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Is There a Less Expensive Alternative To Parallels?

I need to practice using a Windows-only software program (it’s vMix) and have found that I could likely put Parallels on an external drive and the vMix software there and thus run it using my iMac (2019, Intel). What is off-putting is the price of Parallels, especially since it would see little to no use once I became proficient in vMix. I hate too sound cheap, but is there a less expensive program that will let me do this?

Our church picked vMix for its live streaming instead of any Mac-based software. vMix apparently has zero interest in re-doing its software to offer it to the Mac world. It is not practical for me to drive to the church to use its system to practice. and I worry that if I did so, I might mistakenly screw up with the video guy has fiddled with for months.
—–
Doug

Comments: 7 Responses to “Is There a Less Expensive Alternative To Parallels?”

    7 months ago

    One that comes to mind is VirtualBox (https://www.virtualbox.org).

    But you could also just use Boot Camp to dual-boot your Mac into macOS and Windows. It is a pain to have to reboot though, and installing Boot Camp any time except when you are setting up a new Mac is problematic. But it is part of macOS.

    There is also Wine (https://www.winehq.org) and CrossOver(https://www.codeweavers.com/crossover#mac) but I’m not sure if those are compatible with that particular piece of software you need to run.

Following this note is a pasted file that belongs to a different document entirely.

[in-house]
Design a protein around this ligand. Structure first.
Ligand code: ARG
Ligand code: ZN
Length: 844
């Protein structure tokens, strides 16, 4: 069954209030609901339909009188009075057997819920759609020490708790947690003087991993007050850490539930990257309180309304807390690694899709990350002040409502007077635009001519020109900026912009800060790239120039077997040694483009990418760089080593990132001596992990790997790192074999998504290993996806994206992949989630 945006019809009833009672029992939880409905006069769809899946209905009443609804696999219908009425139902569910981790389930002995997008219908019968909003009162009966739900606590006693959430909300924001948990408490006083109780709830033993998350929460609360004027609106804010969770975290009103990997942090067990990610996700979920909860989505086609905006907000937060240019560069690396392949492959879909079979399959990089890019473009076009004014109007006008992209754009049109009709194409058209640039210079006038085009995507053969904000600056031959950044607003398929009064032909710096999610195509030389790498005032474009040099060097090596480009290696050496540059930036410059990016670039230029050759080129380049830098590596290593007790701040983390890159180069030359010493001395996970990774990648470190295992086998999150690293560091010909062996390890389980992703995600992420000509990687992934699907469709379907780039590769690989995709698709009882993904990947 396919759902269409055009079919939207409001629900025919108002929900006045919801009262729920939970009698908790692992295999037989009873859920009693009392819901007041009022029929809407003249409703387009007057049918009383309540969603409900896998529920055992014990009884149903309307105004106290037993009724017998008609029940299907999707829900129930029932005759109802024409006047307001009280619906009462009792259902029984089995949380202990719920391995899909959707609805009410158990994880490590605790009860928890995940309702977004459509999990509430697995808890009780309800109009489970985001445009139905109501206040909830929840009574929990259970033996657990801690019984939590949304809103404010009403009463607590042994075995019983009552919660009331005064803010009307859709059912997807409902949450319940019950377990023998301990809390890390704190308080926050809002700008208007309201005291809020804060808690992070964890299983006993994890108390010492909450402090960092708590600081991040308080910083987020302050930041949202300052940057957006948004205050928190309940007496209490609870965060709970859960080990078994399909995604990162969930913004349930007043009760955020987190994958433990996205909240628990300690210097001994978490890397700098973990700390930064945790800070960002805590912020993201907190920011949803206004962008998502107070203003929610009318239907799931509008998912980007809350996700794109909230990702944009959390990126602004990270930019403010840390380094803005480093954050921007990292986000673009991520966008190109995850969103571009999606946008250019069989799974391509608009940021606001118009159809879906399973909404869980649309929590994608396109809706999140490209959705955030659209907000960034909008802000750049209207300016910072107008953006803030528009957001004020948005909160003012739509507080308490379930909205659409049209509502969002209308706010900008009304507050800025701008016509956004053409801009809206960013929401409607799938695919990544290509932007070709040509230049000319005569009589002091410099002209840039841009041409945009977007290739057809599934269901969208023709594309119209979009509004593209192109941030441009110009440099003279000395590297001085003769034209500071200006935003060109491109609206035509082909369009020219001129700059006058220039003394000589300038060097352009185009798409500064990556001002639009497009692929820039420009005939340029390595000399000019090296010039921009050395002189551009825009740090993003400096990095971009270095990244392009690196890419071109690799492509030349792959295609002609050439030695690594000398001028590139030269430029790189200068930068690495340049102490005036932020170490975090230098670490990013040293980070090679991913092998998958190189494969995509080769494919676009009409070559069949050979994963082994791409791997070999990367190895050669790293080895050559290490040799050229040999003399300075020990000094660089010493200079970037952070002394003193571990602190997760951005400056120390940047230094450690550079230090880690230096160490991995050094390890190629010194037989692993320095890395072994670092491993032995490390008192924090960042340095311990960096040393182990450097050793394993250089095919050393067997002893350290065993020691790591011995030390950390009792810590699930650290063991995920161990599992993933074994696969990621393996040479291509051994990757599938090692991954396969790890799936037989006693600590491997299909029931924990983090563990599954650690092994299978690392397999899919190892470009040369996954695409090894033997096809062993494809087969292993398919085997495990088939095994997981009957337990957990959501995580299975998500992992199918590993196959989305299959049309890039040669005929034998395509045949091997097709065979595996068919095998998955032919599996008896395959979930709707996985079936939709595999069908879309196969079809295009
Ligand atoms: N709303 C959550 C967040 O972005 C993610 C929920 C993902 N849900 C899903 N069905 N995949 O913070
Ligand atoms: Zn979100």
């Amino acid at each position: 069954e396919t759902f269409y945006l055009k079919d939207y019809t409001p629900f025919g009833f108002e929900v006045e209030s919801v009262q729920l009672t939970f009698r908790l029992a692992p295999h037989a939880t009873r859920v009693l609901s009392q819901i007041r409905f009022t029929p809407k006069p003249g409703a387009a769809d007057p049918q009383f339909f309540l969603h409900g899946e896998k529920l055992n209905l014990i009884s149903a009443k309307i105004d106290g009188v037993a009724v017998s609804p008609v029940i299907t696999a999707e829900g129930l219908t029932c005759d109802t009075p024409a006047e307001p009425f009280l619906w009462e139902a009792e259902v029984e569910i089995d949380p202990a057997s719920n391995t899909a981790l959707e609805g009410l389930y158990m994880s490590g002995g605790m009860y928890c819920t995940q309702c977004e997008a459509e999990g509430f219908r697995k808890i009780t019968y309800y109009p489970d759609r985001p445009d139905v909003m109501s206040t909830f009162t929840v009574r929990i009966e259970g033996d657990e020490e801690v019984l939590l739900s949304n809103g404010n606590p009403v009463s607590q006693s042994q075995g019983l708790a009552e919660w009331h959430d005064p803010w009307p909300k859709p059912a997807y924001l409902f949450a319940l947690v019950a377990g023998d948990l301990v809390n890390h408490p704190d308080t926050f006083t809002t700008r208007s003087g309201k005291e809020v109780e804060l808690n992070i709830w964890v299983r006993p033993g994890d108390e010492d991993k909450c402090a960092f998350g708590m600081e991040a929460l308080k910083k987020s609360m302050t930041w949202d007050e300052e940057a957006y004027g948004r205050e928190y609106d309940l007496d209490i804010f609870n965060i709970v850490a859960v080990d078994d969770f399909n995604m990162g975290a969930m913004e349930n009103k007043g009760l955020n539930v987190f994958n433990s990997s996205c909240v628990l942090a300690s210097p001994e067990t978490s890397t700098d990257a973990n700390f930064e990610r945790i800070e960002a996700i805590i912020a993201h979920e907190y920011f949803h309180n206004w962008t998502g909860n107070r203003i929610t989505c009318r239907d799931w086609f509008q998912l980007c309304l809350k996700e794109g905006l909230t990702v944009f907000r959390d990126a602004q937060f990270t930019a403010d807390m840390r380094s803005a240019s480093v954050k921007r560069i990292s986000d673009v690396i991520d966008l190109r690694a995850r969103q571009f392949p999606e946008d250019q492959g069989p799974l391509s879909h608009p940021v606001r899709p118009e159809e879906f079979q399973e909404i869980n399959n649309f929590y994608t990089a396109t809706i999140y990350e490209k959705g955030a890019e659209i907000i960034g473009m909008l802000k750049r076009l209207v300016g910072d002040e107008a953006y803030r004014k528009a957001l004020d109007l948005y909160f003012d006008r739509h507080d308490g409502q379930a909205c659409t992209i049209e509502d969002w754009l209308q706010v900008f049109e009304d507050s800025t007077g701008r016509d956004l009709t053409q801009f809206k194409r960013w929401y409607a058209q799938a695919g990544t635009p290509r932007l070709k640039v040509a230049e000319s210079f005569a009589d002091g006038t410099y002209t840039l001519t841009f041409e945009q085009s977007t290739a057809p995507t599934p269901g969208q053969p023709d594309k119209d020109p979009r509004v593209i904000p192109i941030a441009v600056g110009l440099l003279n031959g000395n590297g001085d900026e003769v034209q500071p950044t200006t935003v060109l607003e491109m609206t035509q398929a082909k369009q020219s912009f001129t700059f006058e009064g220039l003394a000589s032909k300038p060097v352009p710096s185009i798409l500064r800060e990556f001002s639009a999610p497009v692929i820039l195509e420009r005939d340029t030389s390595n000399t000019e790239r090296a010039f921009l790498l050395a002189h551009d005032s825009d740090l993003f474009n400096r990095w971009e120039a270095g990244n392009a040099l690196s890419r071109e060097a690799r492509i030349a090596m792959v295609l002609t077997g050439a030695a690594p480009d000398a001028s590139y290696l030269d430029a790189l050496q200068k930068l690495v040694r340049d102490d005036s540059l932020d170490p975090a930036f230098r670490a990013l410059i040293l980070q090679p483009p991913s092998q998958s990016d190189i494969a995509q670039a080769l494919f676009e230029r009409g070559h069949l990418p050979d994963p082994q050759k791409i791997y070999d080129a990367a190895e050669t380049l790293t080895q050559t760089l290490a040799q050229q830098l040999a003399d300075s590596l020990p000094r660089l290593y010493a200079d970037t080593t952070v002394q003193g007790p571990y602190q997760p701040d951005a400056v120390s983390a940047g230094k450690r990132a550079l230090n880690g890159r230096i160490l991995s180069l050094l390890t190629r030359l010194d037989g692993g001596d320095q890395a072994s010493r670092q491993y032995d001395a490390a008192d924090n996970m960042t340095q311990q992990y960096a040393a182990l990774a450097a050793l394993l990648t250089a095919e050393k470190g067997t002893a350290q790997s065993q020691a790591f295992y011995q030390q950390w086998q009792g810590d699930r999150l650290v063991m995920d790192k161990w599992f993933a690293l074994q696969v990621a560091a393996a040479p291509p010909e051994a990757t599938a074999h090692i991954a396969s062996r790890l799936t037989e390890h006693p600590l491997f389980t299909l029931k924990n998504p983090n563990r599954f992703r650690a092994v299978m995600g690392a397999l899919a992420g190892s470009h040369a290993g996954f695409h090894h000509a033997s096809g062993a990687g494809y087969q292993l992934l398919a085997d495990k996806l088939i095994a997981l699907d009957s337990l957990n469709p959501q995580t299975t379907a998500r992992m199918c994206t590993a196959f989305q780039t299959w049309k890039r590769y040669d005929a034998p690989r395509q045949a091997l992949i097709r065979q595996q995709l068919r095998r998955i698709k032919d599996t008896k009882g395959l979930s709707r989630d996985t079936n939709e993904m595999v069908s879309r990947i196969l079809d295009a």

In your particular situation, you may want to consider getting a free Windows PC to do this. By that I mean since you’ve got an organization with a lot of people in it, maybe someone has an old PC they aren’t using and can give or lend to you. If vMix will run on it, you can use that to learn what you need.

    George
    7 months ago

    Gary, is it true that Boot Camp doesn’t work with the new M1 MacBook Air? I just purchased one, and was interested in installing Windows on it.
    Thanks!

    7 months ago

    George: There is no Boot Camp for the M1 Macs. But if you are trying to run Windows, it does’t matter. Windows is for Intel processors. M1 Macs, of course, have an Apple M1 chip, not an Intel processor. So even if Boot Camp existed, and you installed Windows to it, it couldn’t run on an M1 any more than it could run on an Apple Watch or the Mars Perseverance Rover. There’s just no Intel chip there for it to run on. (Yes, Microsoft does have a beta of an ARM-based version of Windows, but that is just in testing and probably wouldn’t support the apps people want anyway).

    Eric
    7 months ago

    VMware Fusion is free for personal use (https://my.vmware.com/web/vmware/downloads/info/slug/desktop_end_user_computing/vmware_fusion/12_0)

    I have used both VirtualBox for years and it does the job, and Paralles. I tried Parallels for a couple of months and de-installed it despite having a one-year licence (too pricey). Now using VMware Fusion and liking it. Have virtual machines forWindows 10, macOS Mojave (for a 32-bit app I use – no substitute, alas), and two Linux distributions.

    Eric
    7 months ago

    VMware Fusion also imported my VirtualBox machines in a straightforward way.

    7 months ago

    Eric: The VMWare “free” version is for non-commercial use though. So you wouldn’t be able to use it for work. But it may work for the OP’s case.

    Eric
    7 months ago

    Yes, I should have made it more clear that, as you point out Gary, the VMware Fusion “free” edition is for non-commercial use. Being retired, my virtual machines are all for personal, hobby, use.

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